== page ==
Houston The National Labor Relations Board’s (NLRB) new rule has survived numerous delays, Congressional attacks offset by a threatened veto, and huge corporate pushback to finally find dry ground and take effect. We have not seen the corporate equivalent of the zombie apocalypse, so the country still stands.
For all the hype the rule itself is “not all that” really. This is not card-check, where the majority of workers’ signatures would be enough to bypass an election and win recognition of the union. This is not a guaranteed quick election within a prescribed number of days of the union filing for representation along the model of Quebec or similar jurisdictions. The heart of the rule is that it obviates management lawyers’ effort to delay the election on play-pretend questions about whether or not certain workers belong in the voting and bargaining unit or invite pie-in-the-sky legal theories to push the election date longer and longer. The new rule doesn’t eliminate these challenges as much as it postpones them, letting workers and their unions vote first, and deal with the mess later. There will still also still be pre-election hearings when there are not stipulated elections, but significant efficiencies have been baked into the new rule to allow simultaneous notifications, electronic submissions, full statements of position, and more localized decisions rather than being caught in the Washington NLRB timeless gridlock.
Many believe that this will shorten the time between filing and elections drastically, but some of that is more in the nature of company lawyers squealing like stuck pigs. In the most recent fiscal year 2013 report the NLRB noted that the median time between filing and elections was 38 days and 37 days with an election agreement but 59 days with a hearing, now it would be theoretically possible, if the bureaucratic stars and moon lined up, to have an election as early as two-weeks after filing. No surprise that comparatively corporate America was calling this an “ambush” or “quickie” election, if it might be one-third the time previously.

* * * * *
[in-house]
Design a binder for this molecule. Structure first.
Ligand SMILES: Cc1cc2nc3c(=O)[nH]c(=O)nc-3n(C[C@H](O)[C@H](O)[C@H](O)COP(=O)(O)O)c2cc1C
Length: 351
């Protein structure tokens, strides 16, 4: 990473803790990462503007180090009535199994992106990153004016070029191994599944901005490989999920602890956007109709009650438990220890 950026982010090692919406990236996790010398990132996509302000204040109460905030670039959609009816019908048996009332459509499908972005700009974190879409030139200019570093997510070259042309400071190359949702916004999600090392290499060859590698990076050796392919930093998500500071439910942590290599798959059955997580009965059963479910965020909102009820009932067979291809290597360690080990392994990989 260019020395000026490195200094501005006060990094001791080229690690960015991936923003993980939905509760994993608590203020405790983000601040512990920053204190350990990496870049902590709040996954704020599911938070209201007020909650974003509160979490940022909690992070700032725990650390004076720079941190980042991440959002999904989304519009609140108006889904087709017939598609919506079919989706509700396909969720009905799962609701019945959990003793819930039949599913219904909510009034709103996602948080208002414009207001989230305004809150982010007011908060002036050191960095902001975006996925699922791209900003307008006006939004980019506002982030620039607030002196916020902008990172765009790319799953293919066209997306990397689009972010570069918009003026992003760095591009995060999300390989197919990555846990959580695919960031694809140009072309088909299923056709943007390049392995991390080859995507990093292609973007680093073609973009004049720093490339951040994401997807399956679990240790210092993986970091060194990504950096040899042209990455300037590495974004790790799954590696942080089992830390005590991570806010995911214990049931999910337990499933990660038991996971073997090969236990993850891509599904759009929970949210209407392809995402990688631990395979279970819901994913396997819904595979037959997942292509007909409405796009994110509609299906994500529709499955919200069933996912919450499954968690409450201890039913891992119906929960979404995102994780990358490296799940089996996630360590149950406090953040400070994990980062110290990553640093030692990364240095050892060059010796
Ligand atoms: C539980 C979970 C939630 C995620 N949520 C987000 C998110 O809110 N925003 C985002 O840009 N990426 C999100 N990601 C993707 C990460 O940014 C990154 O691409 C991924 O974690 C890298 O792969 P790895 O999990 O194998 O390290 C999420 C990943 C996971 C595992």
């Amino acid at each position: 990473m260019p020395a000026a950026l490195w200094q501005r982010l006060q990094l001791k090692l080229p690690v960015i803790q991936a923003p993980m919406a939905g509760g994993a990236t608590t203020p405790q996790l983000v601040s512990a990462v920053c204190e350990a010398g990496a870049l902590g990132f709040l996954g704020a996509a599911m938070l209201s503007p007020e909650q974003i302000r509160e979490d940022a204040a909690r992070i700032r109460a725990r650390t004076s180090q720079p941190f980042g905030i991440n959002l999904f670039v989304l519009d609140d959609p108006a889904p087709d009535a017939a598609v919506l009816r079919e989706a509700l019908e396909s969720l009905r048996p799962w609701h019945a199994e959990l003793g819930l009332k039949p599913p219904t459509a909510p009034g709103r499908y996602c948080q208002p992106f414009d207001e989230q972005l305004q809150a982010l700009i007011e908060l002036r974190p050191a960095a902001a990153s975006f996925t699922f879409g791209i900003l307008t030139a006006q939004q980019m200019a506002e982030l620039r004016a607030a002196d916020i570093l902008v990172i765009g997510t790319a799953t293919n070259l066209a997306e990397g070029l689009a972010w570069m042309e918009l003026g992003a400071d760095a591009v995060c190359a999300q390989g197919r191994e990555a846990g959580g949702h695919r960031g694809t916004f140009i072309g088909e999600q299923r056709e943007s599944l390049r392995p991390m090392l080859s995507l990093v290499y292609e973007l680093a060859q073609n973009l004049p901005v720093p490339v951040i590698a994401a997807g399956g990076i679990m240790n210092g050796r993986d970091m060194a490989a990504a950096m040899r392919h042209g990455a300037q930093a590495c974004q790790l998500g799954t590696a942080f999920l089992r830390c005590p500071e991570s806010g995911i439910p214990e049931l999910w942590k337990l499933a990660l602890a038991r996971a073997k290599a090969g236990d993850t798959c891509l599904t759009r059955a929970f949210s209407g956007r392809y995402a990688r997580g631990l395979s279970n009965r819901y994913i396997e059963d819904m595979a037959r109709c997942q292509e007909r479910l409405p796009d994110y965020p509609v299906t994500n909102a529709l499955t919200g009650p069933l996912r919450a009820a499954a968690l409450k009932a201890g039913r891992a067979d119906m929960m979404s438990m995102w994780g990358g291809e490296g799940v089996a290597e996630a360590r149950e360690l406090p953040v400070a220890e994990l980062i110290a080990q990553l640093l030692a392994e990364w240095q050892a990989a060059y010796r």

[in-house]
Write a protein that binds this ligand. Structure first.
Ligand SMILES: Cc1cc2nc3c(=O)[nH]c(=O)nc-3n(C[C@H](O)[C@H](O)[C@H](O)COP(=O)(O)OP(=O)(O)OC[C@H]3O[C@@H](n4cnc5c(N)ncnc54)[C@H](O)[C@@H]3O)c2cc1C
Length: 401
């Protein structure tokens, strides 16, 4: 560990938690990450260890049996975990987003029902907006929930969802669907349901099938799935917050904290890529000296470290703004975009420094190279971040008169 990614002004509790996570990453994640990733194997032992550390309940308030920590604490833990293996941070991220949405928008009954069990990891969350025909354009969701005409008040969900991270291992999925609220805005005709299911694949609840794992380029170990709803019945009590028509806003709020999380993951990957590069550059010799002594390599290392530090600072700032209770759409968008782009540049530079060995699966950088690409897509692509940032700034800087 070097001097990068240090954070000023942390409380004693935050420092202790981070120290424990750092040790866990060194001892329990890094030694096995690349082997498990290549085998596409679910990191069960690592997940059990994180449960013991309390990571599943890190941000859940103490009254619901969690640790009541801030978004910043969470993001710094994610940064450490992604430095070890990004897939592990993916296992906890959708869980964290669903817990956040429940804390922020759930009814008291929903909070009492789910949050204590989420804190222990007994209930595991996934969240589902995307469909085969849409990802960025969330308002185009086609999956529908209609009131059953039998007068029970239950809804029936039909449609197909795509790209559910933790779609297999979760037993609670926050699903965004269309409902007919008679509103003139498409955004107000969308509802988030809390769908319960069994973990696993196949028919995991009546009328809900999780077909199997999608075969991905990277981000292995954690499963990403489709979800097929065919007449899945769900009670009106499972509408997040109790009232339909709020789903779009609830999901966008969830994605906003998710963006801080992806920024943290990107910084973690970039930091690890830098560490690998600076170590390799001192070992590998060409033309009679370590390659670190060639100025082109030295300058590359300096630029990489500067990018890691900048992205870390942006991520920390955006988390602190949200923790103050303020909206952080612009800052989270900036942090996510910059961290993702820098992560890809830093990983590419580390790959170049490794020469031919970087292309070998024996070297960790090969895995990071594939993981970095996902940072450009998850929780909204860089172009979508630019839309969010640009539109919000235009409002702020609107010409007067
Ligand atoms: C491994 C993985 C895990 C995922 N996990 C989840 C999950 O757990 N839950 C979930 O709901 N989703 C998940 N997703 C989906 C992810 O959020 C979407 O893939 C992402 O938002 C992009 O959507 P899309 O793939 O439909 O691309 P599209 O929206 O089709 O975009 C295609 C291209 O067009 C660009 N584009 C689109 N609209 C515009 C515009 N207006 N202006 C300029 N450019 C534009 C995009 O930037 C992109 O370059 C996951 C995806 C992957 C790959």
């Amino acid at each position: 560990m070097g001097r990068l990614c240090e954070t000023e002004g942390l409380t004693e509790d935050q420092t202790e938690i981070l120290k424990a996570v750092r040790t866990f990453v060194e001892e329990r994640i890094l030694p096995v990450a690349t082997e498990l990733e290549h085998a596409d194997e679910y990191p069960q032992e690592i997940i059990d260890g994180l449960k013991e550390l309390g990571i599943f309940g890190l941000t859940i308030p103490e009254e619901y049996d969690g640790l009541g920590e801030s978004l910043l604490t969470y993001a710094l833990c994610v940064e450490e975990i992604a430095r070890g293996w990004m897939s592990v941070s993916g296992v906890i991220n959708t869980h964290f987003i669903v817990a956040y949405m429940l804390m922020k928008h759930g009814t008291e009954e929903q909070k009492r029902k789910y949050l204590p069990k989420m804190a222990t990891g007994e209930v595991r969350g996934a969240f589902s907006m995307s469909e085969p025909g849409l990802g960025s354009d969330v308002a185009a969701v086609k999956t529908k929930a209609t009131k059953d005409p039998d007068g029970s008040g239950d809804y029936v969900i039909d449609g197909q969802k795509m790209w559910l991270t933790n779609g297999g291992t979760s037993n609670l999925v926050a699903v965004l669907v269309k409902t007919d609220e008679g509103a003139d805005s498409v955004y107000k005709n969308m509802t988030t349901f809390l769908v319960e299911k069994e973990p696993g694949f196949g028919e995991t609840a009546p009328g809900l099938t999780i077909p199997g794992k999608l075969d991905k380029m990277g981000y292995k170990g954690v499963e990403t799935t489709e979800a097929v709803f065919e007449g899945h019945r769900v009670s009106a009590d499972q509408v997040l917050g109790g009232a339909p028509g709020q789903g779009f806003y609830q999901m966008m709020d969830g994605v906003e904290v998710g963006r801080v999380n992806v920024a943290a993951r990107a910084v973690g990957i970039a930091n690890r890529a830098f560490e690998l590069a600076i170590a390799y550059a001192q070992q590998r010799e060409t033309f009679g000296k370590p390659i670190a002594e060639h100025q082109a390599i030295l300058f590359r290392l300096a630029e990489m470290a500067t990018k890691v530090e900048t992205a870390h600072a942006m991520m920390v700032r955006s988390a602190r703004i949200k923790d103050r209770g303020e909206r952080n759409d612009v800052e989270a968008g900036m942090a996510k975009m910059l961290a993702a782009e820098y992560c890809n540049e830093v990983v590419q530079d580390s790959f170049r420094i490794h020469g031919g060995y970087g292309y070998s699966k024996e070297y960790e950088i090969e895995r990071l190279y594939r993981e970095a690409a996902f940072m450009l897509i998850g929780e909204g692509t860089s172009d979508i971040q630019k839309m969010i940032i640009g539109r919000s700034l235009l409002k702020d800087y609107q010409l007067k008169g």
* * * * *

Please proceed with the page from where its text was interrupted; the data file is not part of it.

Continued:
How much difference will this change make to unions and our declining numbers? First, it is hard to tell, since clearly it will take some time for union organizing strategists and tacticians to think through the types of campaigns that would be best suited for the new rule and train field organizers in how to maximize its potential. There is certainly no question from all past studies that victory goes to the fleet when unions face an election under the NLRB. Win rates have been statistically over two-thirds even under the old rules when elections were held with a modicum of promptness. Even if this new rule was Christmas, which it definitely is not, it will take some time to embrace after years of unions resisting the quagmire of the NLRB and its hyper legalistic procedures favoring management so extravagantly. A whole generation of union organizers is clueless about dealing with the NLRB, so that’s a problem in assessing the rule’s immediate potential.
The early filings say something, but may be just a blip on the screen. There were about 140 filings between the rules full implementation and now, leading to an average of about 56 petitions per week under the new rule. More recent reports of the NLRB indicate that the average representation petition filings have been about 38 per week, which is almost a 50% bump. That’s still way too little too late, and may even be a statistical aberration where organizers might have held petitions for a week or two waiting for the new rule’s start date.
The short story is that the new rule represents an opportunity, not a panacea for workers and their unions. It won’t be enough to stem the tide, but might help where the will needs a way.
Turner Corn – Union Man Dues